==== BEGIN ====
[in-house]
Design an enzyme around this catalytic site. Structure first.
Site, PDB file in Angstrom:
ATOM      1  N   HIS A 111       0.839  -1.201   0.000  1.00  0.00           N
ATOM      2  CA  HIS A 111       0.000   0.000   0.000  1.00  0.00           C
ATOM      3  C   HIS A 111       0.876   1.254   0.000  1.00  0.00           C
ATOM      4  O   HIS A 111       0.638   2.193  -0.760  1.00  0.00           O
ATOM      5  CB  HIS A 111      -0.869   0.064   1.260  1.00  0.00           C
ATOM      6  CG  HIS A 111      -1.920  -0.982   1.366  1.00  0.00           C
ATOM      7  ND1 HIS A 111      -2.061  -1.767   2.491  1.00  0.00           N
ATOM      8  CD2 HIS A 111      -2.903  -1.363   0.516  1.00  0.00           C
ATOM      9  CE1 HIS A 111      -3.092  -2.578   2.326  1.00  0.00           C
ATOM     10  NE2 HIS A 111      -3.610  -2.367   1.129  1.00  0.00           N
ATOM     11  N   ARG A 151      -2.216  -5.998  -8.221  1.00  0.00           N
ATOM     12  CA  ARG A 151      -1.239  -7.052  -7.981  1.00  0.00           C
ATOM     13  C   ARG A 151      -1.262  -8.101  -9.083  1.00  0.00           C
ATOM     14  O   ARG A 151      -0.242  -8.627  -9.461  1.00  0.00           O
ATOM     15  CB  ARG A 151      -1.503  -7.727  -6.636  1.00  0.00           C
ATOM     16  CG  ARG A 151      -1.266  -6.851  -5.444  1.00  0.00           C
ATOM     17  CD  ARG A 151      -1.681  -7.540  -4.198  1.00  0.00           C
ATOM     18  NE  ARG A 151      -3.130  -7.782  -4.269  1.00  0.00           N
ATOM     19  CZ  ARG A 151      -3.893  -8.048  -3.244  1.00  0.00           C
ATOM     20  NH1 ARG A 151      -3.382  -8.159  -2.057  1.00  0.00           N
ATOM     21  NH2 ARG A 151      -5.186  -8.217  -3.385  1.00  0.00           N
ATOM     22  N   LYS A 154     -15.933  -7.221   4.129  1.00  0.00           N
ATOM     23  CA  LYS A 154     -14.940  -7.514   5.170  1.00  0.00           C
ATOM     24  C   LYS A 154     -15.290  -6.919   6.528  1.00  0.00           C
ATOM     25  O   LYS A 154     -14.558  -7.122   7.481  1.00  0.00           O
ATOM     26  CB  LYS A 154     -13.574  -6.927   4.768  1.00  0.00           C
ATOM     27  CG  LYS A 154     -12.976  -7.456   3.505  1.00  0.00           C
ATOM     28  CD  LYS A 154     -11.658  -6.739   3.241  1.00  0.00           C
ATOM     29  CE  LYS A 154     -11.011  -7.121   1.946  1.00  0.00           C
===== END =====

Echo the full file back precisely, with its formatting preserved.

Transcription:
[in-house]
Design an enzyme around this catalytic site. Structure first.
Site, PDB file in Angstrom:
ATOM      1  N   HIS A 111       0.839  -1.201   0.000  1.00  0.00           N
ATOM      2  CA  HIS A 111       0.000   0.000   0.000  1.00  0.00           C
ATOM      3  C   HIS A 111       0.876   1.254   0.000  1.00  0.00           C
ATOM      4  O   HIS A 111       0.638   2.193  -0.760  1.00  0.00           O
ATOM      5  CB  HIS A 111      -0.869   0.064   1.260  1.00  0.00           C
ATOM      6  CG  HIS A 111      -1.920  -0.982   1.366  1.00  0.00           C
ATOM      7  ND1 HIS A 111      -2.061  -1.767   2.491  1.00  0.00           N
ATOM      8  CD2 HIS A 111      -2.903  -1.363   0.516  1.00  0.00           C
ATOM      9  CE1 HIS A 111      -3.092  -2.578   2.326  1.00  0.00           C
ATOM     10  NE2 HIS A 111      -3.610  -2.367   1.129  1.00  0.00           N
ATOM     11  N   ARG A 151      -2.216  -5.998  -8.221  1.00  0.00           N
ATOM     12  CA  ARG A 151      -1.239  -7.052  -7.981  1.00  0.00           C
ATOM     13  C   ARG A 151      -1.262  -8.101  -9.083  1.00  0.00           C
ATOM     14  O   ARG A 151      -0.242  -8.627  -9.461  1.00  0.00           O
ATOM     15  CB  ARG A 151      -1.503  -7.727  -6.636  1.00  0.00           C
ATOM     16  CG  ARG A 151      -1.266  -6.851  -5.444  1.00  0.00           C
ATOM     17  CD  ARG A 151      -1.681  -7.540  -4.198  1.00  0.00           C
ATOM     18  NE  ARG A 151      -3.130  -7.782  -4.269  1.00  0.00           N
ATOM     19  CZ  ARG A 151      -3.893  -8.048  -3.244  1.00  0.00           C
ATOM     20  NH1 ARG A 151      -3.382  -8.159  -2.057  1.00  0.00           N
ATOM     21  NH2 ARG A 151      -5.186  -8.217  -3.385  1.00  0.00           N
ATOM     22  N   LYS A 154     -15.933  -7.221   4.129  1.00  0.00           N
ATOM     23  CA  LYS A 154     -14.940  -7.514   5.170  1.00  0.00           C
ATOM     24  C   LYS A 154     -15.290  -6.919   6.528  1.00  0.00           C
ATOM     25  O   LYS A 154     -14.558  -7.122   7.481  1.00  0.00           O
ATOM     26  CB  LYS A 154     -13.574  -6.927   4.768  1.00  0.00           C
ATOM     27  CG  LYS A 154     -12.976  -7.456   3.505  1.00  0.00           C
ATOM     28  CD  LYS A 154     -11.658  -6.739   3.241  1.00  0.00           C
ATOM     29  CE  LYS A 154     -11.011  -7.121   1.946  1.00  0.00           C